To close this chapter, we remark on a different view that could be taken of the dimensional analysis we have just done. We organized it in such a way as to show how, starting from the observations of Galilleo and Keplar, and completely constraining our dimensional relations with some more modern evidence from astronauts on the moon, it is possible to estimate many parameters of the solar system. If we had been in a position to make use of some of Newton's reasoning that we will see in later chapters, we could even have dispensed with the modern evidence, and reached the same conclusions.

Alternatively, we could organize the arguments so as to draw the
maximum power from the simplicity of *the mere dimensional
content* of Newton's constant . is not necessarily an easy
number to remember, but its dimensions are. And the radius of the
earth, and Galilleo's are easy numbers to reconstruct from common
experience, if we ever forget them. But those can be used in turn to
recover the explicit value of , from only its dimensions.
Simply knowing the dimensions of then *forces* Keplar's laws
upon us (in a sort of inverse to the way Keplar's laws told Newton
those dimensions for the first time). If we then estimate the mass of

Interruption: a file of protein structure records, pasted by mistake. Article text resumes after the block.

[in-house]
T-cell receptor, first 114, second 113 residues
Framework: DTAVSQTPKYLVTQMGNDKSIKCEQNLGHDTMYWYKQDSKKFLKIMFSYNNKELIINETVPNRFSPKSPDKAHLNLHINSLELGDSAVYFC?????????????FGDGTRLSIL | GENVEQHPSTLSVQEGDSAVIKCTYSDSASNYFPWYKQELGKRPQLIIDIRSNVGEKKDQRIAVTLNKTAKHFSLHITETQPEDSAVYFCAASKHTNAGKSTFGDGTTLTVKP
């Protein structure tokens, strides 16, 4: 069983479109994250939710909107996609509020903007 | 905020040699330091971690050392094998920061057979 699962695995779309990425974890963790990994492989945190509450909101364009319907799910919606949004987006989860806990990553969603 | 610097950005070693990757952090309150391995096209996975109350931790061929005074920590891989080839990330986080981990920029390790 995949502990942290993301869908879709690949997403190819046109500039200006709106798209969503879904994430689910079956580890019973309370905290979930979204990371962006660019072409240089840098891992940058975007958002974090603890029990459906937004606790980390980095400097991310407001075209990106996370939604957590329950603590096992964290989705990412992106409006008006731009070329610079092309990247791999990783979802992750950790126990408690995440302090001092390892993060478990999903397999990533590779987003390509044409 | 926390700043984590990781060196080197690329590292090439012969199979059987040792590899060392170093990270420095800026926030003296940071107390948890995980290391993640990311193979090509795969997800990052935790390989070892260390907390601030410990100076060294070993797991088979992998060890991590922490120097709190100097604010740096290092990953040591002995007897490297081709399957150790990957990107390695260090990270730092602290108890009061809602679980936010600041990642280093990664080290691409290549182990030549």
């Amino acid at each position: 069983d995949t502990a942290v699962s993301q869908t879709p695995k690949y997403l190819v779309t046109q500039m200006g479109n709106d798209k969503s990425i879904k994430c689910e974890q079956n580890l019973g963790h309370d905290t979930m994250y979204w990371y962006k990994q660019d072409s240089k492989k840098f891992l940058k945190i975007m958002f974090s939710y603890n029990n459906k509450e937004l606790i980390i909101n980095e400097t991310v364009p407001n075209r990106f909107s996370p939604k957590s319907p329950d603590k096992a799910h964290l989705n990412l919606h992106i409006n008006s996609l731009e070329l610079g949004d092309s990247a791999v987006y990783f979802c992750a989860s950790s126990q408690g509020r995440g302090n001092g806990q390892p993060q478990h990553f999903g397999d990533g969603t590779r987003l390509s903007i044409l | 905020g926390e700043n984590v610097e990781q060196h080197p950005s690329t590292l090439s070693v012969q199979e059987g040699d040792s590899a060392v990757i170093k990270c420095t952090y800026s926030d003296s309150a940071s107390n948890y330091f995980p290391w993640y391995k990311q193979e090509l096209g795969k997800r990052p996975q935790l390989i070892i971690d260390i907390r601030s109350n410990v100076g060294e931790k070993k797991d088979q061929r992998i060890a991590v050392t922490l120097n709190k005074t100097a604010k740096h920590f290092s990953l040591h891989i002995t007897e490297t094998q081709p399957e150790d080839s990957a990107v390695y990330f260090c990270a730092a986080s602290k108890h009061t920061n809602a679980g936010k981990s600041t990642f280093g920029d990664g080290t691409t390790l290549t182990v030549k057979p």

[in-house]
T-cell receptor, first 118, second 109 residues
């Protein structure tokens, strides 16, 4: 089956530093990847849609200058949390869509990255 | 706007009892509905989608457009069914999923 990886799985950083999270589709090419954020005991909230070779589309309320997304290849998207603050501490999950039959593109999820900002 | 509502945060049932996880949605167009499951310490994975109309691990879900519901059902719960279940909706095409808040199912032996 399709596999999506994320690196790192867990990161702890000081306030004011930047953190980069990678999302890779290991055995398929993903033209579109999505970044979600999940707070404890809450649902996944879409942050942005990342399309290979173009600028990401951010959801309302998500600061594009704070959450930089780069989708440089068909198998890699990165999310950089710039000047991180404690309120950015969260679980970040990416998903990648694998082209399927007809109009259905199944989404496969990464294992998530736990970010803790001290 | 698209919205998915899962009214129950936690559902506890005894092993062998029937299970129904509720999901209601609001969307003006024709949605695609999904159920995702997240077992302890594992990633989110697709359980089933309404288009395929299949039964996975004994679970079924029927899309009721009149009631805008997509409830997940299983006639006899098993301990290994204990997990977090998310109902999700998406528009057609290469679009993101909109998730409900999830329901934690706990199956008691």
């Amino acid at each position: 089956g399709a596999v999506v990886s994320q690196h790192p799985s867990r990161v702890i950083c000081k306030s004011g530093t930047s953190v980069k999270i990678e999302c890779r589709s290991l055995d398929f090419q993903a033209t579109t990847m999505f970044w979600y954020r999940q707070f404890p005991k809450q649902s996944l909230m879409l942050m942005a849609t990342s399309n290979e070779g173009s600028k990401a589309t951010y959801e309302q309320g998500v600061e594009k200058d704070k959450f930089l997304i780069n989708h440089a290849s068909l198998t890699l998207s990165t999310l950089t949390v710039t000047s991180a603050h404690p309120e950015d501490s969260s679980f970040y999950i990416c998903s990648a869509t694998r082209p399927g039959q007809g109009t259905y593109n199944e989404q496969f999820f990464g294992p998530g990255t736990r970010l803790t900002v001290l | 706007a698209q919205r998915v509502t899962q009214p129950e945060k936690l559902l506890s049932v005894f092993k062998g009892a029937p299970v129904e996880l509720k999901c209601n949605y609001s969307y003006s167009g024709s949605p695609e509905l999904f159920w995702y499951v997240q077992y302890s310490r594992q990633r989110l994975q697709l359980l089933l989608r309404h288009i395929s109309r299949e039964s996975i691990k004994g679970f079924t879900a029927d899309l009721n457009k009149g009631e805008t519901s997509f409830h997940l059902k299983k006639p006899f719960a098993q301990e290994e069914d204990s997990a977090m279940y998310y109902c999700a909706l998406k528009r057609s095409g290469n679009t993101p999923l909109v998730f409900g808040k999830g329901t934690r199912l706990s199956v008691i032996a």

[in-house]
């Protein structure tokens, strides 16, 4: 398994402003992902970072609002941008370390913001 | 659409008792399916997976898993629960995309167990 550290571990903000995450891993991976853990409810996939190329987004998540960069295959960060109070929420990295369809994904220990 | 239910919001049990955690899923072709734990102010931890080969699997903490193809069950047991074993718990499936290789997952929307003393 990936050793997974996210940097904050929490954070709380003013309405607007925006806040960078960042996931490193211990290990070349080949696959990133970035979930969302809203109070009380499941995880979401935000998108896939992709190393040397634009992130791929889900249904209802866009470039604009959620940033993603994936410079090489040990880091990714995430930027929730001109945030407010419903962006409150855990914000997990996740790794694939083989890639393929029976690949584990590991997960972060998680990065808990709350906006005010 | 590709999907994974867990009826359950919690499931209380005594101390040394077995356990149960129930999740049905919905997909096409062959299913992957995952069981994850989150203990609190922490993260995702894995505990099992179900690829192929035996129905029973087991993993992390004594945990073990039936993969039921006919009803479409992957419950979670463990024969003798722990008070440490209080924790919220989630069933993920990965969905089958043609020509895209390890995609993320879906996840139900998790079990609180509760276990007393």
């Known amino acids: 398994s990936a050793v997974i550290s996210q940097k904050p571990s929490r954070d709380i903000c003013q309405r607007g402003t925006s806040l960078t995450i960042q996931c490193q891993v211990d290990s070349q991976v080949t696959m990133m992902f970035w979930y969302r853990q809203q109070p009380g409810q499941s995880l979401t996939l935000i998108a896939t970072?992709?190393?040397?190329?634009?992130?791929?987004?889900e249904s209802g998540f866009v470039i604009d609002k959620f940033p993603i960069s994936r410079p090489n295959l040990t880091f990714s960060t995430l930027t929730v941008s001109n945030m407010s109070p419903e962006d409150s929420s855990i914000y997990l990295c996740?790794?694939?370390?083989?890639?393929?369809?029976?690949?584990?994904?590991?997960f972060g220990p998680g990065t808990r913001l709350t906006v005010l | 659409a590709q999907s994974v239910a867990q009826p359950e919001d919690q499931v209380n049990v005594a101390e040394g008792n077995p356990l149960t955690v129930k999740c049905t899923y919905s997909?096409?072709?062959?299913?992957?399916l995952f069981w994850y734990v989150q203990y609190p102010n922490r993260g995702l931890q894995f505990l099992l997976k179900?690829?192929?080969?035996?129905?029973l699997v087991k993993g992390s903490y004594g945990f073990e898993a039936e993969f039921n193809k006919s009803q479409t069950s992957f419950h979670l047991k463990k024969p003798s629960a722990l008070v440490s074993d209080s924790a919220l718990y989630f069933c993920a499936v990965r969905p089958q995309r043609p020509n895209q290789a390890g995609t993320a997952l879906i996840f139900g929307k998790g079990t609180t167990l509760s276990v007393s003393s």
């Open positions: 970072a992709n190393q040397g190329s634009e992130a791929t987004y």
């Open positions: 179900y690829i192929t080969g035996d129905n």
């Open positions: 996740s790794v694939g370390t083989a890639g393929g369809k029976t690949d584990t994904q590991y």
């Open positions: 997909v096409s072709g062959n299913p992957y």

the earth from its radius, and take Keplar's laws from the dimensions
of , we can recover the radius of the moon, knowing that it orbits
in a month.

Then, even if we *didn't* have the particular orbital value of the
planetary constant from Keplar's observation, we could recover that,
and the mass of the sun, from what we have here. This is because the
mass of the sun is related to two things we know. From its opening
angle in the sky and its density, the mass of the sun relates to its
radius and thus to its distance from us. But entirely independently
of that, it relates, through and the earth's orbital period of a
year, to that same distance. This closed loop makes it possible to
find the only value of that distance which is consistent with both the
earth's orbital period and the sun's opening angle. All we need to
assume is an approximate value for the sun's density, which amounts to
an assumption about whether or not it is reasonably typical solid
matter.

In other words, we can compute the mass of the sun sitting in an
armchair, recalling common everyday occurrences and maybe timing the
fall of a penny, if we remember the dimensions of Newton's . *That* is an example of the power of Dimensional Analysis.

Thu Aug 31 12:01:42 CDT 1995